Kennedy Hubbard, 16, has never looked much like the other kids at school.
Born with Lymphatic Malformation, a mass of fluid-filled cysts surround her mouth and jaw, Hubbard was about five years old before she knew she was different.
“Once she was in school, around other kids and reacting to the way they looked at her, she would look at me kind of puzzled,” recalls her mother, Leanne, 44, of Moorestown, N.J.
But Kennedy didn’t let those differences faze her.
“When I look in the mirror, I just see myself,” says Kennedy, a setter on her school’s volleyball team. “It is what it is.”
Two years ago, when she was a freshman at Moorestown (N.J.) High school, she and her family launched Kennedy’s Cause, which has raised more than $34,000 by selling bracelets, t-shirts and car magnets stamped with her personal motto – “Shine.”
The money goes to fund research for better treatments and possible cures for her disease and to help other sick children and their struggling families, no matter what their disease or disability.
“She’s dedicated herself to making this journey better for the next people,” says Dr. Cameron Trenor, clinical research director of the Vascular Anomalies Center at Boston Children’s Hospital.
“It’s priceless, the perspective she gives on how kids can embrace their differences,” he says, “and handle what are some very serious medical problems.”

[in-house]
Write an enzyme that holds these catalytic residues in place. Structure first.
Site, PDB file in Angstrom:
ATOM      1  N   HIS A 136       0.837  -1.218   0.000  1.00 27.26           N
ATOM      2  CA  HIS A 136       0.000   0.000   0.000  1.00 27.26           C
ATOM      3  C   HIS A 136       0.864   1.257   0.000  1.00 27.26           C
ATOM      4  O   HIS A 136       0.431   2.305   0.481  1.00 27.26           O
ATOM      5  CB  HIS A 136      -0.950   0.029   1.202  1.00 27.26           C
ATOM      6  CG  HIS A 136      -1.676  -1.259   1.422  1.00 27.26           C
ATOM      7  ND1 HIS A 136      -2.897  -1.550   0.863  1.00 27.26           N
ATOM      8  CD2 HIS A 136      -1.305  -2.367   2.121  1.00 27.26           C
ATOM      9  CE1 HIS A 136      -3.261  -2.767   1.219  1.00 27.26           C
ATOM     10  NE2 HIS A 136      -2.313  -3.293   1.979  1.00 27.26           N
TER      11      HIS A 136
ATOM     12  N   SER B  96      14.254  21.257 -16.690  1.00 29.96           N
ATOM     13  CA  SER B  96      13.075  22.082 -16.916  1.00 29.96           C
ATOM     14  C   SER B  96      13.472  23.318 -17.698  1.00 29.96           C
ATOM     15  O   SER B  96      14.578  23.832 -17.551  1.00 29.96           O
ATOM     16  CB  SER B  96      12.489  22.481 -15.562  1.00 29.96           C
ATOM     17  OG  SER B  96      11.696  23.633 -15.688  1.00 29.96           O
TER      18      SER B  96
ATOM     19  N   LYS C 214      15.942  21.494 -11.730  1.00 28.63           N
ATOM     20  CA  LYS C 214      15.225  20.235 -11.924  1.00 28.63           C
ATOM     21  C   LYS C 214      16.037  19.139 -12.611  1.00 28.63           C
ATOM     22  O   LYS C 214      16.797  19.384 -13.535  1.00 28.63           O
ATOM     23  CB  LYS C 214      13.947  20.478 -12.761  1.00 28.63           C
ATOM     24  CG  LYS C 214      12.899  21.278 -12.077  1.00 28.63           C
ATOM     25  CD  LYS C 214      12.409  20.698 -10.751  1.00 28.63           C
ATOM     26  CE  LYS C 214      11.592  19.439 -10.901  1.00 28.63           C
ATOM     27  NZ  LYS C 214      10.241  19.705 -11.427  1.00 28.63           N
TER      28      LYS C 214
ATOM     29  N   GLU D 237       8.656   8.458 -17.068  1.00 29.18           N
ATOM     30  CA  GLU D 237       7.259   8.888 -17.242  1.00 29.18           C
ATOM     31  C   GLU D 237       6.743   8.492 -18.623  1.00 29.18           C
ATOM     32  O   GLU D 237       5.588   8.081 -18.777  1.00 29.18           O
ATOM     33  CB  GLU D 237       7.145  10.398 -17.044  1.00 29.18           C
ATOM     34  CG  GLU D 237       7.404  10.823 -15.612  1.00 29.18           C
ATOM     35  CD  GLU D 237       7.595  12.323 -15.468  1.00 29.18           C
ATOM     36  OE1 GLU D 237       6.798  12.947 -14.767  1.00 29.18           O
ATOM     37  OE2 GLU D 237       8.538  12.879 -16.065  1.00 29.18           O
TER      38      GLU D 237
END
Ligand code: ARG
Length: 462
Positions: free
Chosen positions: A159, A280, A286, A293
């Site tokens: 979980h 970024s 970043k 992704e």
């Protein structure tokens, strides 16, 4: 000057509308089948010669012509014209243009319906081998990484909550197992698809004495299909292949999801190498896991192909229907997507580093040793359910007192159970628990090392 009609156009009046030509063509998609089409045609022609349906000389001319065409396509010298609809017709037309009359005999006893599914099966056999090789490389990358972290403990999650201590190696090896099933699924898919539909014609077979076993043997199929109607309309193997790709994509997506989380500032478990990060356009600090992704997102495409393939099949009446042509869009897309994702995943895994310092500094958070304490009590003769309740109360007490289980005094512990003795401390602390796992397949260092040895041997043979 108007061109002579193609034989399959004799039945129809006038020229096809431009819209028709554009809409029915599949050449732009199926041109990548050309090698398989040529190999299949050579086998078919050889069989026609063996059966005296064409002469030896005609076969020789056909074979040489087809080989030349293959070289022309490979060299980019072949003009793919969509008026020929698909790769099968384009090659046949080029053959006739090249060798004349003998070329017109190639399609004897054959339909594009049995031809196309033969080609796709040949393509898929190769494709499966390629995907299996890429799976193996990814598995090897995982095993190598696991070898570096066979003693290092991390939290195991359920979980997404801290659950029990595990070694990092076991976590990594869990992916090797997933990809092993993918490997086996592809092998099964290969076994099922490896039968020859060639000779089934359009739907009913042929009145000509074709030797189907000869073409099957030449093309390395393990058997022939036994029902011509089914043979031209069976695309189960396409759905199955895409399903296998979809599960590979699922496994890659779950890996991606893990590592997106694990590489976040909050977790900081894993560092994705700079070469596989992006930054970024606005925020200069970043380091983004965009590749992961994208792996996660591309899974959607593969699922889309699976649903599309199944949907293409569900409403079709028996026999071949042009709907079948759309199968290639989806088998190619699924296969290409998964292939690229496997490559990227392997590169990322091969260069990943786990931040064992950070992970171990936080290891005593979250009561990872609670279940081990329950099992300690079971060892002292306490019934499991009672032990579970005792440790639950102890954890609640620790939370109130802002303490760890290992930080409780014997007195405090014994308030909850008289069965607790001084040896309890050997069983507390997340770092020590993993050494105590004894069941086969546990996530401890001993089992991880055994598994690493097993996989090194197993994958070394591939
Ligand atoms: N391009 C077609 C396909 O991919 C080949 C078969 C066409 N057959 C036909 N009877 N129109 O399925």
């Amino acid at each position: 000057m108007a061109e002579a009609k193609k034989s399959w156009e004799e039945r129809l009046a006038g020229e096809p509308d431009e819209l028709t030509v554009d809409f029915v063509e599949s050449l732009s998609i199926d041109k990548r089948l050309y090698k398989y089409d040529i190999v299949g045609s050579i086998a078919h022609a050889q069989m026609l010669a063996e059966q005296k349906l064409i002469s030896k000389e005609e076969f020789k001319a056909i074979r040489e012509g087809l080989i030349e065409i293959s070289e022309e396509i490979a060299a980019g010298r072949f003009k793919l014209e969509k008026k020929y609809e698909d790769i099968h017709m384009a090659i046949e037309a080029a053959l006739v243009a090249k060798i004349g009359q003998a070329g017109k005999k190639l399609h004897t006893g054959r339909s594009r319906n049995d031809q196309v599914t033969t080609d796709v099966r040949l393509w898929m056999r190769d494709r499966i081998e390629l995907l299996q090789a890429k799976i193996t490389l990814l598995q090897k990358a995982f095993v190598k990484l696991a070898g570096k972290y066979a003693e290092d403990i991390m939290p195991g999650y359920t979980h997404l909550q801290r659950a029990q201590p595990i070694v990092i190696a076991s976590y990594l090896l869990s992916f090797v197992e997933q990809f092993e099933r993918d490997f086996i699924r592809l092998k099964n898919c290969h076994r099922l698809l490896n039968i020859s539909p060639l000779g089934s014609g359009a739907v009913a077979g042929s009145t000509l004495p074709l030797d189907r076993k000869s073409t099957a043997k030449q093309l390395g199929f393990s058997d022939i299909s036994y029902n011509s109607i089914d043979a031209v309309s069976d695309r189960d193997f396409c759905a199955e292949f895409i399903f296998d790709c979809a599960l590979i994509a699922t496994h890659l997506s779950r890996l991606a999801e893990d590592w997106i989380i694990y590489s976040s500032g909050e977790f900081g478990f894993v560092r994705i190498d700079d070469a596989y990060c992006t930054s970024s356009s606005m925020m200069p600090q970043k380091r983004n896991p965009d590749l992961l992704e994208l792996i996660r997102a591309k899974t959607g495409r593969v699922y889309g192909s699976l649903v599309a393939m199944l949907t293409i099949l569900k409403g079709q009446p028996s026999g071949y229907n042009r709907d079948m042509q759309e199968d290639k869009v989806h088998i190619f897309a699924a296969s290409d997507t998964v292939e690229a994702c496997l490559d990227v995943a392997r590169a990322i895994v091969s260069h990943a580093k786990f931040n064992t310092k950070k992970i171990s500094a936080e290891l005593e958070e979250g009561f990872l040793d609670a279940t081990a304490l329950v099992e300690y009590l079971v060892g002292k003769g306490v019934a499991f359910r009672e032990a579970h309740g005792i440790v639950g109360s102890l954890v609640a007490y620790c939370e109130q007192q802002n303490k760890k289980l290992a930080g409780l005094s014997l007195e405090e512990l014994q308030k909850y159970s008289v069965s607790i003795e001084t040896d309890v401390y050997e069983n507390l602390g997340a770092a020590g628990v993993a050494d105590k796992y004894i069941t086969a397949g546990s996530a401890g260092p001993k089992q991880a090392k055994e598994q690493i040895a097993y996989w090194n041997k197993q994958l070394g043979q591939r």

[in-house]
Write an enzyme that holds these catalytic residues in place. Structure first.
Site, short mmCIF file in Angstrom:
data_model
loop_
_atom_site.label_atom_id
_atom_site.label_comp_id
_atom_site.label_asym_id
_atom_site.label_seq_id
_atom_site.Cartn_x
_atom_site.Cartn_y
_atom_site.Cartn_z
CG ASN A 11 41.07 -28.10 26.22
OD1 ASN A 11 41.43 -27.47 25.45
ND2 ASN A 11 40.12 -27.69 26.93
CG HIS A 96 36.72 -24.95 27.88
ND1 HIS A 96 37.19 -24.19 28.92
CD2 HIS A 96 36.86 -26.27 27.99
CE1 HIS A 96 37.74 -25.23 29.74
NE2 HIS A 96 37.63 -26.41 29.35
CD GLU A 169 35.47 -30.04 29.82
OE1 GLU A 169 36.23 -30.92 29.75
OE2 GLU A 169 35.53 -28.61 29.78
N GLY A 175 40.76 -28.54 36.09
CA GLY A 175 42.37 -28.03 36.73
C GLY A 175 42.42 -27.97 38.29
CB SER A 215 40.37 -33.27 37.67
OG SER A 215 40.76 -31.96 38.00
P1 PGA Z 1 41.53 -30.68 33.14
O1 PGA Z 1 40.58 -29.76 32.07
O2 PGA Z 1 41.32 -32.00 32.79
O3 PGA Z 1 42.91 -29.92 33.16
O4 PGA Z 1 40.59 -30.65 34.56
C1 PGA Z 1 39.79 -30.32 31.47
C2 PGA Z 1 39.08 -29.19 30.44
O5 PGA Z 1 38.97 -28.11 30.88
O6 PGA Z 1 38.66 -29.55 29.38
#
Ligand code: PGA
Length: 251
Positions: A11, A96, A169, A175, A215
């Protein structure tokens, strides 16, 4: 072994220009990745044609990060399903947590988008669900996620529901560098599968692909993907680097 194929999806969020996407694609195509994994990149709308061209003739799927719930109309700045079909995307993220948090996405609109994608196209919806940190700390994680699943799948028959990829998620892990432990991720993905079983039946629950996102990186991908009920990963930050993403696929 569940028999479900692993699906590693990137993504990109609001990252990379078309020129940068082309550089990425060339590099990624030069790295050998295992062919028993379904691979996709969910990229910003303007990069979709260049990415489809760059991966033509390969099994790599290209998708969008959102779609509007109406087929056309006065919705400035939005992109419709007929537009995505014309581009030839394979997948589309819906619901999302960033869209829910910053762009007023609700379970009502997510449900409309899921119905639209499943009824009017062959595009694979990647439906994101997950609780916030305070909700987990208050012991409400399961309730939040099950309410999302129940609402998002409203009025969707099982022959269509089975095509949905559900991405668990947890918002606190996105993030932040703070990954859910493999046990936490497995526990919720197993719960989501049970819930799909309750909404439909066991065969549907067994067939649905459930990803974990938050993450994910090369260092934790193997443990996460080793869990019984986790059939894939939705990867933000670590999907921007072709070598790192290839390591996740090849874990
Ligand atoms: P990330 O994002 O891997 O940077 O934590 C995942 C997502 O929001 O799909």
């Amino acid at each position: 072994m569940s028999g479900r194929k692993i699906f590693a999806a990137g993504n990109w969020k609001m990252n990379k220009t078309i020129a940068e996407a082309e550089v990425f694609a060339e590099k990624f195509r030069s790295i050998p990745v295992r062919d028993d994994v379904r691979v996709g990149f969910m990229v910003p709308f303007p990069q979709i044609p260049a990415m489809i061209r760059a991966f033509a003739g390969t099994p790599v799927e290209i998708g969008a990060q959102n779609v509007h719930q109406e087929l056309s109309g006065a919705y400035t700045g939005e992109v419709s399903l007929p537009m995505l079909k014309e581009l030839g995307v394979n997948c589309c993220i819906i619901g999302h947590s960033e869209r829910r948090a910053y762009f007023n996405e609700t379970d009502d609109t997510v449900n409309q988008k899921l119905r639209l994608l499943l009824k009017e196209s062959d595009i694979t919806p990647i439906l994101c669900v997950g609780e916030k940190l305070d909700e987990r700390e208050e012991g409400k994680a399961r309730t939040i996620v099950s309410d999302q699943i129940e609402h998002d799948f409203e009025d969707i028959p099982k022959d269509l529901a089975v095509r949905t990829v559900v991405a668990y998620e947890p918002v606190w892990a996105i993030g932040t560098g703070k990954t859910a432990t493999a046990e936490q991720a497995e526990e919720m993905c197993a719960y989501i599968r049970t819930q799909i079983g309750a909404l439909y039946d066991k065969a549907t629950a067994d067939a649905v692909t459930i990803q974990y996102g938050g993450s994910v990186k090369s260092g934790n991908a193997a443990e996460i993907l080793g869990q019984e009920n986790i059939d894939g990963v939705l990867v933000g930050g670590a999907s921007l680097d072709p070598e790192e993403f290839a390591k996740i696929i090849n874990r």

Kennedy’s foundation helped buy an expensive medical bed for a girl in Hawaii with CLOVES Syndrome and gas money to a family in Ohio who drove two hours a day for six months to be with their hospitalized baby boy.
“From being in the hospital so many times, I’ve known so many families in need, kids littler than me who have similar medical issues,” says Kennedy. “I want to give them hope.”
Kennedy goes out of her way to befriend and mentor other children with Lymphatic Malformation.
This past summer, that included cutting out of volleyball practice to travel to the New Jersey shore to meet with the vacationing Shaffer family from Culpeper, Va., whose 2-year-old son, Cole, has an almost identical lymphatic mass in his face.
“I was scared of the day Cole says to me, ‘Why are they staring at me?’ ” says Cole’s Mom, Caryn, 32. “But one response Kennedy told me that stuck in my head like a mantra is, ‘Curiosity is OK; cruelty is not.’ ”
Kennedy’s help was invaluable, she says.
“The hope Kennedy’s given me you can’t put a price on,” she says. “I can now look down the road and see a bright future for my boy.”
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